|Celebrating A Killing|
|MAN is shot in the head, and
joyous celebrations break
out 7,000 miles A away.
Although Americans are in
full agreement that the
demise of Osama bin Laden is a good
thing, many are disturbed by the revelry.
We should seek justice, not
vengeance, they urge. Doesn´t this lower
us to "their" level? Didn´t the Rev Dr
Martin Luther King Jr say, "I will
mourn the loss of thousands of precious
lives, but I will not rejoice in the death
of one, not even an enemy"? (No, he did
not, but the Twitter users who popularised
that misattributed quotation last
week found it inspiring nonetheless.)
Why are so many Americans...|
|THE FORCE OF
|WATCHING the talk
shows, thinking about
the tumultuous last
reflecting on the death
of Osama bin Laden, I feel grateful
for many things but not least this:
the invisibility of the heroes.
For once it is the deed itself that
speaks. The deed, so often lost in
this age of celebrities and reality
shows and Donald Trump´s monumental
ego, stands unadorned. In
its daring, its professionalism and
its effectiveness, the deed is there,
making words look cheap.
The deed was that of the 79 US
commandos, who have met with
President Obama, and who are
known to one another, but are
unknown to us. For secrecy is their
Dispatched from Jalalabad,
British Minister roots for Fifa WC bidding reform
LONDON BRITISH Sports Minister Hugh Robertson called for urgent reform of FIFA’s World Cup bidding process on Wednesday after fresh corruption allegations against the global football body.
Robertson, speaking after former England 2018 chairman Lord David Triesman accused FIFA voters of “improper and unethical” conduct, said the organisation should follow the example of the Olympics after the Salt Lake City scandal.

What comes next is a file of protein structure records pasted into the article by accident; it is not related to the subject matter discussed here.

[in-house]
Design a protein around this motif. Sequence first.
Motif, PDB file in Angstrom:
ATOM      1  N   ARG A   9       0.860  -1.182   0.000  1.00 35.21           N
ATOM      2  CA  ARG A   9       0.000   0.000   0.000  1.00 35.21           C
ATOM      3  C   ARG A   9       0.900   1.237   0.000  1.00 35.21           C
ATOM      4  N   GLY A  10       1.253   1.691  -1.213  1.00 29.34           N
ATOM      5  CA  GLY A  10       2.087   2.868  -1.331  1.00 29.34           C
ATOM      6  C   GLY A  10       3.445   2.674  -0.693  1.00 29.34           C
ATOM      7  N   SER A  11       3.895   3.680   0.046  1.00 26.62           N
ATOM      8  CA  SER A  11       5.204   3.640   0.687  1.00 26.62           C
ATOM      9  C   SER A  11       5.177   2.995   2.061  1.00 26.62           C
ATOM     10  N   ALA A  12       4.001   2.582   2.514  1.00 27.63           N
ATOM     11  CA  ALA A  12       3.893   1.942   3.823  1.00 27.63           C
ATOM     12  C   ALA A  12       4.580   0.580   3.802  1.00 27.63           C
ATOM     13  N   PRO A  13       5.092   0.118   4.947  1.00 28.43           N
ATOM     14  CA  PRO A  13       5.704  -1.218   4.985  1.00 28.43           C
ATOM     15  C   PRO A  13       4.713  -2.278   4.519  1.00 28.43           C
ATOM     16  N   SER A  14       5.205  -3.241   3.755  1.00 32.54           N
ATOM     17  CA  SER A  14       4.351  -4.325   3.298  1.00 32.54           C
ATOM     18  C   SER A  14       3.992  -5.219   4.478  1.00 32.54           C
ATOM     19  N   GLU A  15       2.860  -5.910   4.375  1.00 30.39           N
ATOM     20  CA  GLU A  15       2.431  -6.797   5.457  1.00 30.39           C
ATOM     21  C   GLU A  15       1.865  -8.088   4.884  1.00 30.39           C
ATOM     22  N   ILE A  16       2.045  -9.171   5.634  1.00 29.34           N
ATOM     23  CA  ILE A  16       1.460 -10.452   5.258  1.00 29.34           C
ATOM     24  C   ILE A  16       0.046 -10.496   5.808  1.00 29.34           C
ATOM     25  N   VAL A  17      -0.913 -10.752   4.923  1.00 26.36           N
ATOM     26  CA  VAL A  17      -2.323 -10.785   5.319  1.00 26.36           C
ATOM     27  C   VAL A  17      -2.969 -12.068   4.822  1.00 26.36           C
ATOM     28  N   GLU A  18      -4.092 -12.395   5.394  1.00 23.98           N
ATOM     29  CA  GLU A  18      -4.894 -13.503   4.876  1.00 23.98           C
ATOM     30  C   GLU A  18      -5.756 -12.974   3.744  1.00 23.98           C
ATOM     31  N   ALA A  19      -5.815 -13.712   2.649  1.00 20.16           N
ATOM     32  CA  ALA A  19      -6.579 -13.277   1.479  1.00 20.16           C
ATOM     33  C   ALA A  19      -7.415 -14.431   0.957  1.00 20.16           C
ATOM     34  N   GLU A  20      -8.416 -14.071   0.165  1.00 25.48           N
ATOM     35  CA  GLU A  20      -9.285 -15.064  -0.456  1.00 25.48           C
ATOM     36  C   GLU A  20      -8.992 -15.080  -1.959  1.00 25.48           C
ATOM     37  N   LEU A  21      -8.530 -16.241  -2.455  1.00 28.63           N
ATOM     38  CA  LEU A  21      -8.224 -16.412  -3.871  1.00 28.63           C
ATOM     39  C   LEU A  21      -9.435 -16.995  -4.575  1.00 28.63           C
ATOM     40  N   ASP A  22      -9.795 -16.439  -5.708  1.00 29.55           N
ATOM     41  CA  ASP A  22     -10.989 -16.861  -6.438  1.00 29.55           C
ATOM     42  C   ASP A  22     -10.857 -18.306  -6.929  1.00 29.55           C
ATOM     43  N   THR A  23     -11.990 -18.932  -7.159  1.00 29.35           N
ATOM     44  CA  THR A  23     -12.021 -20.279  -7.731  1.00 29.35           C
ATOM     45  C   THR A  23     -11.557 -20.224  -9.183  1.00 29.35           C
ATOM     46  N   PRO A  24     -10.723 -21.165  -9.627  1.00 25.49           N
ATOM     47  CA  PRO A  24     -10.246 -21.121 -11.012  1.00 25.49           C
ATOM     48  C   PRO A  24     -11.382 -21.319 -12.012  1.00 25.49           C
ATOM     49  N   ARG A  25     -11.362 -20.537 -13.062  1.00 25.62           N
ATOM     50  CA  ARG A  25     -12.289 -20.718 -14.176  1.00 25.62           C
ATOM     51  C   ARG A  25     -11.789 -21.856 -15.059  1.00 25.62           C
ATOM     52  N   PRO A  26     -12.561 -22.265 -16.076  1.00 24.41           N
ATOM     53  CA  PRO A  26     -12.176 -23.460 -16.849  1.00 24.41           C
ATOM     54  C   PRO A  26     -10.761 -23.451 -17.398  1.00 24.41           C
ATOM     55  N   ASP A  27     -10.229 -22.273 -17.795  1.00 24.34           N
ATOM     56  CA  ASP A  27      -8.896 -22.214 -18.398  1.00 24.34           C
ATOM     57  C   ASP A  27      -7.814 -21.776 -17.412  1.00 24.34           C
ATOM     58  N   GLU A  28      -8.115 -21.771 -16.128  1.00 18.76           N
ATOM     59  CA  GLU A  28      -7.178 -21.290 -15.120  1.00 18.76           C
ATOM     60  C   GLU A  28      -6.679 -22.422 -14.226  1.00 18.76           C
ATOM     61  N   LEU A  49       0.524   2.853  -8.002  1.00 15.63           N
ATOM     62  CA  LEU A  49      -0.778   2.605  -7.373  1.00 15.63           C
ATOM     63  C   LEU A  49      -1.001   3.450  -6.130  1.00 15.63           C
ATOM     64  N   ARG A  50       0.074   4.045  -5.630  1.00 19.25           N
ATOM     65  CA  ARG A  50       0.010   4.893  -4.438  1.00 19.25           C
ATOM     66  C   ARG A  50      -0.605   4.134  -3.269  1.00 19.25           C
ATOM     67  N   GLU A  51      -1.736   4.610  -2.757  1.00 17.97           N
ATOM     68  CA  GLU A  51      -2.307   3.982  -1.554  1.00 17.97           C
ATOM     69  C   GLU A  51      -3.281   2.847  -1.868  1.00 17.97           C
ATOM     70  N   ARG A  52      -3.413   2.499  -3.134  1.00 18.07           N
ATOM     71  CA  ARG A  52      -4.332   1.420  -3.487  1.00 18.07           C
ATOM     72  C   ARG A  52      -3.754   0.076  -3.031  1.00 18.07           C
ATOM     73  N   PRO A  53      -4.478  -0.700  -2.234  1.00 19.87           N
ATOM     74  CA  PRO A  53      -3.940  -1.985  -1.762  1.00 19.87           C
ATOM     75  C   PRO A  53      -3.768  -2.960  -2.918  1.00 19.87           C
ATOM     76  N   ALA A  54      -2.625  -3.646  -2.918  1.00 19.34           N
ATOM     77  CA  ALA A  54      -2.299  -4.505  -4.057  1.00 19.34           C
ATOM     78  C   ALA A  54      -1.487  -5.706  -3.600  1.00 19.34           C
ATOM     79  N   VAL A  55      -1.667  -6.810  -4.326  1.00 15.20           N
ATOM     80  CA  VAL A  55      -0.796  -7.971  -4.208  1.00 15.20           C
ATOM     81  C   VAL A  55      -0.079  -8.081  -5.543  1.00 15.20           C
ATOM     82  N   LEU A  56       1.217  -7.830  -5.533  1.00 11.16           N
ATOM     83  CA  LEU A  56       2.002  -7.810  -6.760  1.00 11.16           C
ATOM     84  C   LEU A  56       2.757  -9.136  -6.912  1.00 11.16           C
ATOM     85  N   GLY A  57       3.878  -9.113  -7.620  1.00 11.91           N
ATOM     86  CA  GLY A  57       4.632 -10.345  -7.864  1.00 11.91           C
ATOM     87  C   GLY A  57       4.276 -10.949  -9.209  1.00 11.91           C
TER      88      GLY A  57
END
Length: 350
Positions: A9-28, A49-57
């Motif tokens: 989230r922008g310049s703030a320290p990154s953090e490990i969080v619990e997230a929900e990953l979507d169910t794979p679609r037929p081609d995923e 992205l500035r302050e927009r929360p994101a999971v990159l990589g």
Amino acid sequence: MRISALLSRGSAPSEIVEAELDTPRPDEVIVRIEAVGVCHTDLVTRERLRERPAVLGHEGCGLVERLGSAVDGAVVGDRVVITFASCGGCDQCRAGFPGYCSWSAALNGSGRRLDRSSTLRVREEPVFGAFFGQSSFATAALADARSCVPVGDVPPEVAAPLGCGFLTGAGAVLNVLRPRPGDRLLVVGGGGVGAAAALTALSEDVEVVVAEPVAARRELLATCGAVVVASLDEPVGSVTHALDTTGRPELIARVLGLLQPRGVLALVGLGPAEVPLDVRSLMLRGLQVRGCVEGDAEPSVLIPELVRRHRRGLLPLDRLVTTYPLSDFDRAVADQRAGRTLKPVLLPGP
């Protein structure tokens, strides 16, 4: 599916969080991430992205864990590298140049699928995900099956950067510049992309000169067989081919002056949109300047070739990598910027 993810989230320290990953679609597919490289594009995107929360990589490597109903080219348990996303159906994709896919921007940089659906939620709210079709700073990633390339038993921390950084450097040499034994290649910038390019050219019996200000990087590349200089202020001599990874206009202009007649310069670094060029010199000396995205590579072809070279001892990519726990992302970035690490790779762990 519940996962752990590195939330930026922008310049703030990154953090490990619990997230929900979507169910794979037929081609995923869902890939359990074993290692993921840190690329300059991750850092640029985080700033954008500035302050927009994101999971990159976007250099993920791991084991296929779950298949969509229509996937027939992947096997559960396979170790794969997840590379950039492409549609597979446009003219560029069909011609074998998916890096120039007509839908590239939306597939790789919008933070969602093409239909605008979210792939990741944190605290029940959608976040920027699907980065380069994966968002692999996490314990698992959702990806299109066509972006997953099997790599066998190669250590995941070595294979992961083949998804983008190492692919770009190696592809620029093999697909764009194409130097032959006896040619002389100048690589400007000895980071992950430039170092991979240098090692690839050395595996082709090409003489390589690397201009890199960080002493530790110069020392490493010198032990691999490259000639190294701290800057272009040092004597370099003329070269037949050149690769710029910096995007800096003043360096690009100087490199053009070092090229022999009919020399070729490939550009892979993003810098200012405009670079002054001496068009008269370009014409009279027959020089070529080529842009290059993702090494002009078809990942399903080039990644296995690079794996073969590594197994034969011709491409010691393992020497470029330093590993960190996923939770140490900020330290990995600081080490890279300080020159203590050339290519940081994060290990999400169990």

“Leaving FIFA is not on the agenda but all the effort at Government level is on trying to get reform at FIFA,” Robertson said.
“FIFA need to have a look at what the International Olympic Committee did after the Salt Lake City scandal and the reforms they made.
“Three cities are bidding to host the Winter Olympics with the decision in July, and there is not a suggestion from anyone that this is anything other than a fair contest.
FIFA needs to get to that position.” In testimony to a parliamentary hearing on Tuesday, Triesman named four FIFA executive committee members who had requested cash and a knighthood in exchange for their votes in the 2018 World Cup ballot.
Two other FIFA officials were named by the parliamentary hearing as having accepted bribes to influence the vote for the 2022 World Cup, controversially won by Qatar.
Although the allegations have cast fresh doubt on the dual votes for the 2018 and 2022 tournaments, Robertson said there was no possibility the ballots could be held again.
“There is no practical chance of the process being re-run - that would be a huge admission of failure by FIFA,” he said, adding that Triesman’s allegations would be almost impossible to prove.
“I think we have to be honest as a country that Lord Triesman made these allegations in Parliament but they are going to be very difficult to actually prove because these were just conversations he had with individuals.” Meanwhile, British pressgave wide coverage to the fresh corruption allegations on Wednesday, with reports branding officials “sleazeballs” and “rotten to the core.” The Times reported the story on its front page under the headline “The Dirty Game”, while an editorial reflected that a “culture of tolerating corruption has permeated one of the most important international sporting bodies.” The Times called on Britain to take a lead in rooting out corruption in football’s corridors of power.
The Daily Mirror carried reports on the latest allegations in both its news and sports pages with headlines ranging from “Cup for Sale” and “Rotten to the Core.” The Mirror’s chief sports writer Oliver Holt commented that the scandal should not come as a surprise as under the stewardship of FIFA president Sepp Blatter, the organisation had “become a byword for rampant greed and venality.” The Daily Mail meanwhile criticised the failure of English officials to blow the whistle sooner after being confronted by demands from FIFA voters.
An editorial in The Sun headlined “Sleazeballs” meanwhile asked: “Has there ever been a sleazier sporting organisation than FIFA?